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Friday, October 31, 2014

Elizabeth Street

DOES YOUR PARTNER DO AS MUCH PARENTING AND HOUSEWORK AS YOU DO?

Aug 16, 2013

Does Your Partner Do As Much Parenting and Housework as You Do?

Many mothers I talk to often say the same thing: We do more housework and child-rearing then our spouses.

Several of my mommy friends have complained that their husbands sleep late in the morning (mine included), so they are the ones who end up having to get the kids up, make them breakfast, brush their teeth, get them dressed and drop them off at daycare or school.

This is a reoccurring conversation I have with my husband. He hasn’t quite grasped the inequity between us. I tend to put my children’s needs before mine, which may be where the inequality lies. My husband doesn’t have the same urgency to make sure the children are comfortable and content. He’ll eat his breakfast before the kids have their breakfast. He’s terrible at multi-tasking and can only do one thing at a time while I can juggle several things at once such as talk on the phone, feed the baby, and write a grocery list. Is this because I'm a woman?

One thing is certain: My husband does less housework than I do. Way less.

My husband, however, begs to differ. “I do a lot more than the average father,” he said a few months ago as we discussed my mountainous household workload versus his his mole hill.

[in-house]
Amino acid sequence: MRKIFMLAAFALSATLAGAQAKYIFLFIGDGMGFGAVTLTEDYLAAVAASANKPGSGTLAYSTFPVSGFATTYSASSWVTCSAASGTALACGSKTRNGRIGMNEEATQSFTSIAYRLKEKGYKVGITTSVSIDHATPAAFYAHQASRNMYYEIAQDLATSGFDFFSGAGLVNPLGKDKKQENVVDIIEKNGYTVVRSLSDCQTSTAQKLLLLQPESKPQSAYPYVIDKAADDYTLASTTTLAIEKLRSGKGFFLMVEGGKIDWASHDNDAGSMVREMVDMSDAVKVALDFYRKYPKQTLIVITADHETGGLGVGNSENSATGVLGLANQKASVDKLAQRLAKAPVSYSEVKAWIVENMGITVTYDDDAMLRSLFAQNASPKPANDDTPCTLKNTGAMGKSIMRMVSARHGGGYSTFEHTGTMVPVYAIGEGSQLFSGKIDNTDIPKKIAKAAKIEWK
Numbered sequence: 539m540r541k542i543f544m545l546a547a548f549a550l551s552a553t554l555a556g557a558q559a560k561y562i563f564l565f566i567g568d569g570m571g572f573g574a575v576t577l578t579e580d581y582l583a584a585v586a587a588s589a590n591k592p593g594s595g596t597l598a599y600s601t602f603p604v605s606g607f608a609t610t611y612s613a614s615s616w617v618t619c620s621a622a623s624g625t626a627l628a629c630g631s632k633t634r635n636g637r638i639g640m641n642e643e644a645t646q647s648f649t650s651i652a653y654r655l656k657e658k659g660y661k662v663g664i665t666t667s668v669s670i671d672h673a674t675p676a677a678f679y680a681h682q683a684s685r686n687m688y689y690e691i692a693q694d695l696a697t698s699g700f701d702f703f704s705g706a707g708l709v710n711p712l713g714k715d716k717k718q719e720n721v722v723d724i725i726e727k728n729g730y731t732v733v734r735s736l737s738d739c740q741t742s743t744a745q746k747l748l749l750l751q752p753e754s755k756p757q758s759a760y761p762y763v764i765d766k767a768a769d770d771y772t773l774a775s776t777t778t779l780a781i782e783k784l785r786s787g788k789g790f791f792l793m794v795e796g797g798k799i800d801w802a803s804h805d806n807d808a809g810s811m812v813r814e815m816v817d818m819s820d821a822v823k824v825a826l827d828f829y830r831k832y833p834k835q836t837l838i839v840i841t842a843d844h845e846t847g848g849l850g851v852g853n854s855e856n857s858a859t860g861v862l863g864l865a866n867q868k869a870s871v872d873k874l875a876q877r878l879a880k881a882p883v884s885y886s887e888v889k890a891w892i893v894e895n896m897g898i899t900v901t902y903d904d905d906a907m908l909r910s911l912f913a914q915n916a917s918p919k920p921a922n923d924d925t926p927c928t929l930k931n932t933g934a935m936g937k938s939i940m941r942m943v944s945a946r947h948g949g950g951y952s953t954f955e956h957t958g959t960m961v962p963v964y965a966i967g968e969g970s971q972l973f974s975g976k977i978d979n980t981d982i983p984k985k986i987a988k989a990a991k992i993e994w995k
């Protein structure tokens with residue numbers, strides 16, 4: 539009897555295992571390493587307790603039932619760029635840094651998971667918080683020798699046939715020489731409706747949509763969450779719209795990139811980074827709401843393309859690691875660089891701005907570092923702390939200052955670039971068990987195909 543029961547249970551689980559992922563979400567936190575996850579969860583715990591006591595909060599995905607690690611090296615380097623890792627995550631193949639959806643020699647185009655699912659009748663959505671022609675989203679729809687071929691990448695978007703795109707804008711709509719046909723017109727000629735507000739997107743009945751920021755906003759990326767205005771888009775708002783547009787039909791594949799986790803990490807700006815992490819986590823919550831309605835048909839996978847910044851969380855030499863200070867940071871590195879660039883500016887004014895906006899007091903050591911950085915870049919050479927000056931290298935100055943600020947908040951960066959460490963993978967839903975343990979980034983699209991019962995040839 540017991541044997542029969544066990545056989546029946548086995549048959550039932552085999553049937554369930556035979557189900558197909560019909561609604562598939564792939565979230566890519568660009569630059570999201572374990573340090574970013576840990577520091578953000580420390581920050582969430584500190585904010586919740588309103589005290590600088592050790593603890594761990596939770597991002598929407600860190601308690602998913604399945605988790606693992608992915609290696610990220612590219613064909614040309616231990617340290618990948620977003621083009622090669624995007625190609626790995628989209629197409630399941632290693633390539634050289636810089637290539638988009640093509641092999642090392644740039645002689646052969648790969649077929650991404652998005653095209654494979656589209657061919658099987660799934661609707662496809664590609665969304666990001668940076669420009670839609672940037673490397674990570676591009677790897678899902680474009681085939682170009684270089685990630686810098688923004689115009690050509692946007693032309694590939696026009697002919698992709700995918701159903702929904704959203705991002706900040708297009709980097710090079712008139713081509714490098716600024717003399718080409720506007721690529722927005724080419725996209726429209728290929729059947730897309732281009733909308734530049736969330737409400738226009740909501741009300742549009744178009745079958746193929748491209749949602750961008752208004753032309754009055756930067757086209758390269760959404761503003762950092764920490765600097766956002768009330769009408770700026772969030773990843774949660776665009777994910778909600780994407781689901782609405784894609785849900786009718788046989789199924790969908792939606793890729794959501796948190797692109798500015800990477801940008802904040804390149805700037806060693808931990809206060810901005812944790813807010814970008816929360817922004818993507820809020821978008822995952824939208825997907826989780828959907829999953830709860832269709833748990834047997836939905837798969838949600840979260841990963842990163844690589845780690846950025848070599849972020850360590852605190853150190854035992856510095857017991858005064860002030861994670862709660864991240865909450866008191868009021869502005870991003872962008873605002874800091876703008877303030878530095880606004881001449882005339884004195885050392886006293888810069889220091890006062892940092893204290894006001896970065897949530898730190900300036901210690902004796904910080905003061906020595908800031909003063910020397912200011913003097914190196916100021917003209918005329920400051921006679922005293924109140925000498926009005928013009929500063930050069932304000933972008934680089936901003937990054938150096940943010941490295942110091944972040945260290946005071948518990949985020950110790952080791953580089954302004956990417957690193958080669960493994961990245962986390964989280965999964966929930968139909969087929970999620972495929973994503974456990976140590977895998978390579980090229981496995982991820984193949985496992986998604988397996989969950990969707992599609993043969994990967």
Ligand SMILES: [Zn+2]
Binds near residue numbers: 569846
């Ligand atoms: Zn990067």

“Like what?” I ask.

He began to list all the things he did such as putting toys away (he hates clutter so it doesn’t really count), making nice dinners (as if I don’t make a decent dinner), loading up the dishwasher (he just presses start), taking out the garbage (OK, he’s good about that), installing car seats (this is only a few times a year) and getting the car washed (this has occurred a handful of times).

It’s not a competition, I tell myself, but if I were to inform him about all the things that I do, my list would be a mile long--there's no comparison. But I opt to let him know in extreme detail what I’ve done during that day, thinking he’ll understand the point I’m trying to get across: I simply do more work.

“Today, I changed four poopy diapers, one which was a blowout so the baby got a bath and then I had to immediately do laundry. I made two different breakfasts and lunches, fed both kids--the baby threw mushy banana all over the floor which dried on the floor which I cleaned with soapy water, but then the baby knocked over the bucket and there was a bigger mess. ” I paused, wondering if he would at least give me some recognition or express gratitude for my diligence in taking good care of the household and children.

My husband’s response: “Sounds like you had a busy day."

As we got ready to eat the steak that he overgrilled, I smelled something stinky, like a poopy diaper. I checked the baby’s bottom and sure enough, the baby had done a doody.

“The baby needs a diaper change,” I said, as my husband cut into his steak. I watched as he took a bite and chewed. I waited for him to put down the fork and say he would change the baby’s diaper.

“I’ve changed four poopy diapers today,” I said. “And countless wet diapers.”

He took another bite of steak and asked me to pass the salt.

Over the past year with two young kids, I’ve learned one way to cope with resentment about this inequitable standard was to ask for help, which I finally do.

“The baby has a dirty diaper, can you change it?”

He looked at the baby, who was bouncing and babbling in my arms.

“He seems happy to me,” my husband said.

I gave him a dirty look and got ready to unleash a diatribe, but my husband interrupted. “I was going to offer to change his diaper. But I want to finish eating my dinner while it’s still warm.”

I ended up changing the diaper.


By Eunice Park

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